A squeaky-clean documentary about the legendary L.A. porn shop
A squeaky-clean chronicle of a hardcore Los Angeles sex shop, Circus of Books keeps life’s messy vagaries off-camera so all viewers see is a rose-tinted homage to the red-hot gay adult industry. To put it less mildly: this hagiographic hand job is a “just the tip” tease that doesn’t really penetrate its subject matter. More narrative thrust, please!
CIRCUS OF BOOKS ★★★(3/5 stars)
Directed by: Rachel Mason
Running time: 85 min
If you believe owners Karen and Barry Mason, they’re a couple of average middle-class Jewish squares who kinda-sorta stumbled into their eyebrow-arching mid-life careers, transforming a derelict smut shop into a bona fide boner business. Come on: people don’t just accidentally become porn purveyors, let alone seriously prolific pornographers. What gives? Good question for their daughter Rachel, who’s also the director of this politely probing documentary. It’s very clear that she’s there for posterity, not profundity.
What makes Circus of Books all the more improbable is that Barry Mason was an inventor and special-effects guy who innovated dialysis equipment and worked on shows like Star Trek. Ohioan transplant Karen was a former police-beat journalist for the Cincinnati Enquirer who in her heyday covered all sorts of if-it-bleeds-it-leads crimes. She also interviewed notable public figures like Supreme Court Justice Potter Stewart, who famously defined obscenity with delectable obfuscation: “I know it when I see it.”
Aptly enough, another one of her interview subjects was fellow Buckeye Stater and skin-mag magnate Larry Flynt. That connection came in handy a few years later when the Masons were looking to make a more lucrative life for themselves. Flynt needed a wholesale L.A. distributor for its dirty magazines Hustler and Chic, and the Masons jumped at the chance.
Book Circus opened in 1960, but the Masons took it over, tweaked the name and turned it into Circus of Books in 1982. Although it definitely sold books, including the lesbian classic Curious Wine and resource compendium Catalog of Sexual Consciousness, the store wasn’t really for bookworms. The “Over 18” Section of the store carried less venerable (but more profitable) explicit periodicals such as Blueboy, Honcho, and Mandate.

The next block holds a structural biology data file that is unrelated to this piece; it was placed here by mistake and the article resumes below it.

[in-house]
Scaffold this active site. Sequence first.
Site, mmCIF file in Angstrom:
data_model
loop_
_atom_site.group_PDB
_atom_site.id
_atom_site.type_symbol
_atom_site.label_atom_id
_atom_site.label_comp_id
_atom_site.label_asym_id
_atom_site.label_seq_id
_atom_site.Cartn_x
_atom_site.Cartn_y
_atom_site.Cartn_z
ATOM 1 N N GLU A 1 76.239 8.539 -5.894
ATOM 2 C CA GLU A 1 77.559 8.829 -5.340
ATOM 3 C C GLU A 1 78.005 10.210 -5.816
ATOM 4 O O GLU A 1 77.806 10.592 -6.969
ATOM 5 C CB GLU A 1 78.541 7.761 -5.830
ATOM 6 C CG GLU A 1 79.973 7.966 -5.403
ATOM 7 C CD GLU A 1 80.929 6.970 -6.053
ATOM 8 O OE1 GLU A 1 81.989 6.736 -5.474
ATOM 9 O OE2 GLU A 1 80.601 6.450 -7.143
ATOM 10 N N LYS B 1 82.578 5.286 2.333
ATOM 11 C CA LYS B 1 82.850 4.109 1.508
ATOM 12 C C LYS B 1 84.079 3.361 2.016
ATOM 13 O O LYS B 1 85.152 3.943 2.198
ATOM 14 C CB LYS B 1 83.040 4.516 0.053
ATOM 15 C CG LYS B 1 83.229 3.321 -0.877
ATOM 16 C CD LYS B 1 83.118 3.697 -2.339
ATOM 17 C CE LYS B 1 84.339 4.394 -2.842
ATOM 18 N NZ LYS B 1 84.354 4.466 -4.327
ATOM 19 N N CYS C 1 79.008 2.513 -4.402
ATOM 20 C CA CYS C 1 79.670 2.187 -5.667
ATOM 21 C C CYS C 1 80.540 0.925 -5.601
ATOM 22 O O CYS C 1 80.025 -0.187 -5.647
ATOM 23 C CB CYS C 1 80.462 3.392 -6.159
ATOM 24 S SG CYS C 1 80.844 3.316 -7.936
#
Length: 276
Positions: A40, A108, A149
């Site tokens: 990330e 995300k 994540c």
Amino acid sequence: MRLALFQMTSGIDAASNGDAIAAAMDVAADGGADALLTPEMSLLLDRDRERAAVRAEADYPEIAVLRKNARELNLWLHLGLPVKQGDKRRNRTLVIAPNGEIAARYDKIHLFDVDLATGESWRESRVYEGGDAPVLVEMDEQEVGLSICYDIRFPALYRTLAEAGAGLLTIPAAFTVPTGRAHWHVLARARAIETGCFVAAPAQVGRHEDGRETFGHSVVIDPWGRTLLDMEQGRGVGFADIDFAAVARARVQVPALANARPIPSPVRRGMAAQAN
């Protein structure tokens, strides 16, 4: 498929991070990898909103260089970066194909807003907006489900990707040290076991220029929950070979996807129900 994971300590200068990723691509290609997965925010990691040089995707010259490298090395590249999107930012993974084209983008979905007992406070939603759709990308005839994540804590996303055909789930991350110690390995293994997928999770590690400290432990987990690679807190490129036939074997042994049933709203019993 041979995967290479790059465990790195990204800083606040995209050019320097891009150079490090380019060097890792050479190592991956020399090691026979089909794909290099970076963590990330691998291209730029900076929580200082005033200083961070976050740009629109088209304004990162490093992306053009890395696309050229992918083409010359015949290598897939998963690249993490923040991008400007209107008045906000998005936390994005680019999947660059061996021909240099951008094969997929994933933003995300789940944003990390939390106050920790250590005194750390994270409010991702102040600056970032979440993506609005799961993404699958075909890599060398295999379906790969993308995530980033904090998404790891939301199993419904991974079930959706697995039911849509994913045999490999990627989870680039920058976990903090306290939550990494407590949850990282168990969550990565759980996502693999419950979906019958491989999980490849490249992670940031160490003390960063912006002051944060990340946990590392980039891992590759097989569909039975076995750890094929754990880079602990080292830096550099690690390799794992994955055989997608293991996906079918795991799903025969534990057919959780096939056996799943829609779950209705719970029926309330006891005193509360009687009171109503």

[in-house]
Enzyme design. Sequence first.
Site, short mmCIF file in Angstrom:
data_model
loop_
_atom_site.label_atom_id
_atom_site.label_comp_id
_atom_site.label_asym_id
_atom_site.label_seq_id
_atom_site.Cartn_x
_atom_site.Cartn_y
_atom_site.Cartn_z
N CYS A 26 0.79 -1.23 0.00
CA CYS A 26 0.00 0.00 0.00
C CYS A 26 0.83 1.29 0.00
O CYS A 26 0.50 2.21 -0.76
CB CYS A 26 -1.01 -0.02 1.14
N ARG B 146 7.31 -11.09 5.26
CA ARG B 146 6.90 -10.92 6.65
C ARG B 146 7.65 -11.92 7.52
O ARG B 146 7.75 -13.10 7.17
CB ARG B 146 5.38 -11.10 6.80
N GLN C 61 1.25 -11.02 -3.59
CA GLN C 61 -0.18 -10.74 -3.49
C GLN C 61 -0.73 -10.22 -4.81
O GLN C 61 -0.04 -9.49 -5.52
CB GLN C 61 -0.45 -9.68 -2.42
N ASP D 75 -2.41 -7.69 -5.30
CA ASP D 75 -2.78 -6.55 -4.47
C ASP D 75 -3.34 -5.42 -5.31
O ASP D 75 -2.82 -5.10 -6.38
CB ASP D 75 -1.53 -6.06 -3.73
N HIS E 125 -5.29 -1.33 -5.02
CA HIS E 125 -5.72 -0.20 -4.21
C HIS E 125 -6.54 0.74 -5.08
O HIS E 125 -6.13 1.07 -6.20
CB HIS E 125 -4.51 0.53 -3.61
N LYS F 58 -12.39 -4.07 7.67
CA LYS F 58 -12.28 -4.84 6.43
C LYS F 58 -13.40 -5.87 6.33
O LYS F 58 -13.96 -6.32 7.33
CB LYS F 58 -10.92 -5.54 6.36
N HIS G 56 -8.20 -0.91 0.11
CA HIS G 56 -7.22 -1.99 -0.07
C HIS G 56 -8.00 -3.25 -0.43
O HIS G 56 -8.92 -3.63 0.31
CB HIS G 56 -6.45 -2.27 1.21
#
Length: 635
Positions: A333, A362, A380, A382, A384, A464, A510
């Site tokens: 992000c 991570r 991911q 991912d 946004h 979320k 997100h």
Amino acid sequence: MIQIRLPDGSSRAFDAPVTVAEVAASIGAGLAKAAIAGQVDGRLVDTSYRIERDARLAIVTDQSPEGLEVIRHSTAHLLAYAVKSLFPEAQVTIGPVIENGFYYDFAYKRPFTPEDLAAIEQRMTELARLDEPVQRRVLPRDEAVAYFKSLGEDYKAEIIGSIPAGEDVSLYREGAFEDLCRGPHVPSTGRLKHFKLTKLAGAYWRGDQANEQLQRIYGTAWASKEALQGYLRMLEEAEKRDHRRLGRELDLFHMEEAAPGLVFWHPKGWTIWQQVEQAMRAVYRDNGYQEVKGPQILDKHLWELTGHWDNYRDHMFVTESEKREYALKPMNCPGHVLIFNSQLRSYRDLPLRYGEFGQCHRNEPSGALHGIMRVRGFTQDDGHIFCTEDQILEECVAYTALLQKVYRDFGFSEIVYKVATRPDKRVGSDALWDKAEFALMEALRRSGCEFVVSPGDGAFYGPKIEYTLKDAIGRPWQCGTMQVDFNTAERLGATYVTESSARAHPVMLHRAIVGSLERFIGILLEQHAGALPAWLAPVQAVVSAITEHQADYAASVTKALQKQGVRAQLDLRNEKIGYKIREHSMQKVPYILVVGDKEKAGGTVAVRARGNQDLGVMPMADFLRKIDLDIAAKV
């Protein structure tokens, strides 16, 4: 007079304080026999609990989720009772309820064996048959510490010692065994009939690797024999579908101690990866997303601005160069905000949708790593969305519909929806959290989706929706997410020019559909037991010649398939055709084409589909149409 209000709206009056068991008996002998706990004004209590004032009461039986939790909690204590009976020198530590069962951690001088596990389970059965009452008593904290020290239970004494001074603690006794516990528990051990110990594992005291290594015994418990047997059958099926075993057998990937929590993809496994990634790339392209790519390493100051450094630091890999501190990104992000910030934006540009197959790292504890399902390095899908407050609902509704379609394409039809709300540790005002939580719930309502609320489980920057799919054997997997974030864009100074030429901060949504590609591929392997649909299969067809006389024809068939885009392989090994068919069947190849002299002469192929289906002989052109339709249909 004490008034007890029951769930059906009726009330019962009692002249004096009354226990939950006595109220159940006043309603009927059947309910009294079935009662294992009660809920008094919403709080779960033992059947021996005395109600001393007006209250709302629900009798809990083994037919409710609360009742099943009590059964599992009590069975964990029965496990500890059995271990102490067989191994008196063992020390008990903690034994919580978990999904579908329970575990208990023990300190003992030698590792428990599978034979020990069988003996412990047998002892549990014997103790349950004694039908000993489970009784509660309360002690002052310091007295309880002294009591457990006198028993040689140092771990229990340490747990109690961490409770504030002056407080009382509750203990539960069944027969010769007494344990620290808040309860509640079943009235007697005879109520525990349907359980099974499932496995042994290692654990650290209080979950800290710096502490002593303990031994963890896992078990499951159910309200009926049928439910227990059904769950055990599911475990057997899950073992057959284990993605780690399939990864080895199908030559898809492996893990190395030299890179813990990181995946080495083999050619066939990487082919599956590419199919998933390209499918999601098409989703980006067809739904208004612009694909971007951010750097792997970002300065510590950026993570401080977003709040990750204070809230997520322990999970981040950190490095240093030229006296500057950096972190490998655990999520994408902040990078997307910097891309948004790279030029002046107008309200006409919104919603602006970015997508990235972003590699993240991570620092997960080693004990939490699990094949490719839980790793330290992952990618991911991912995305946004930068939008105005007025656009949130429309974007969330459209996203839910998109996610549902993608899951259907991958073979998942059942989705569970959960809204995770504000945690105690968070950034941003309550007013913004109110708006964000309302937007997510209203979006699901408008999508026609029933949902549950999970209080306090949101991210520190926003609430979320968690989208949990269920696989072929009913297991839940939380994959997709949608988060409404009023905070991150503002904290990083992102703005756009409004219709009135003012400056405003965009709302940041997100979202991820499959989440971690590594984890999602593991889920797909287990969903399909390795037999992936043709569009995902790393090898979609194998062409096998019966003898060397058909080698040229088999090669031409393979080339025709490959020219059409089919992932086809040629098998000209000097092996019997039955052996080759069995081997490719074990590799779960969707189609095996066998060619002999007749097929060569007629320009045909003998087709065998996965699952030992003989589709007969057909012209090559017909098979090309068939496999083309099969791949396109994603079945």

The Masons rode the home video revolution, too, making hard cash on those hard bodies, with VHS titles like Hot Lunch, Bi-Ceps and Studz. They also stocked up on anal lube, erection cream, and dildos aplenty. Those with scat kinks could even pick up a RimPerfect Rim Chair, complete with pleatherette pillow, which offered a “Rim with a View.” E.M. Forster would have been proud.
Success allowed them to open additional stores in L.A., but that original landmark location on Santa Monica Boulevard lasted nearly 40 years. The bookstore chain’s status in LBGT history rightly deserves recognition, and Mason’s chronicle is unequivocally important if only for that reason. “Circus of Books was my first glimpse into the fact that I wasn’t alone as a gay person,” says one longtime fan. “To see men naked and unafraid?” explains another customer. “That gave us a lot of pride.”
That’s a beautiful sentiment, but it’s difficult to believe that the Masons were sex-positive innovators. As they freely admit, the Masons raised their three children to be relatively (or willfully) oblivious to the family trade. And God forbid the neighbors find out. They were ashamed.
And yet. Not only did they sell XXX videos, they doubled down, eventually producing and distributing them—initially one film every six weeks, then ramping up to two a week. “Good, honest, trustworthy people,” remembers marquee movie stud Jeff Stryker. OK, sure, but what about the people they worked with? Were all the cast and crew just as honest and trustworthy? Or the other merchants? Straining credulity, Karen even adds, “We never saw those films.” Gimme a break.
Karen paints herself as a devout woman who would much rather spend her day in a synagogue. When her youngest son Joshua came out of the closet, she felt like God must be punishing her. Which is where the documentary really gets interesting, until it doesn’t. She quickly admits that “I needed to rethink my theology,” then pivoted to accommodating her son’s sexuality. “I was not not going to be the best parent I could be,” she says. End of conflict.
Barry gets an even more shallow profile, as the unruffled man who smiled his way through the entire porntastic experience and rolled with anything even remotely outrageous. “The whole operation was a little goofy,” he says, offering a relaxed grin. Excuse me, but his wife insisted that he be the fall guy when the FBI raided the operation in the late 1980s. Barry would have even become a felon were it not for the subsequent Clinton Administration easing federal prosecution laws. But whatever. The dude is the shrug-emoji personified. Enough said.
Except it isn’t. There’s a fascinating story bubbling underneath Circus of Books, one that the Masons very clearly don’t want to explore. The film needs a supplemental chorus of insight, possibly from the seamier side of their entrepreneurial exploits. Or even their psyches.
“We’re just an aging, ailing business,” Karen says. As a bold enterprise of sexual expression, Circus of Books was a milestone. To the Masons, it seemed more like a millstone. Too bad the director treads so lightly on such heavy material.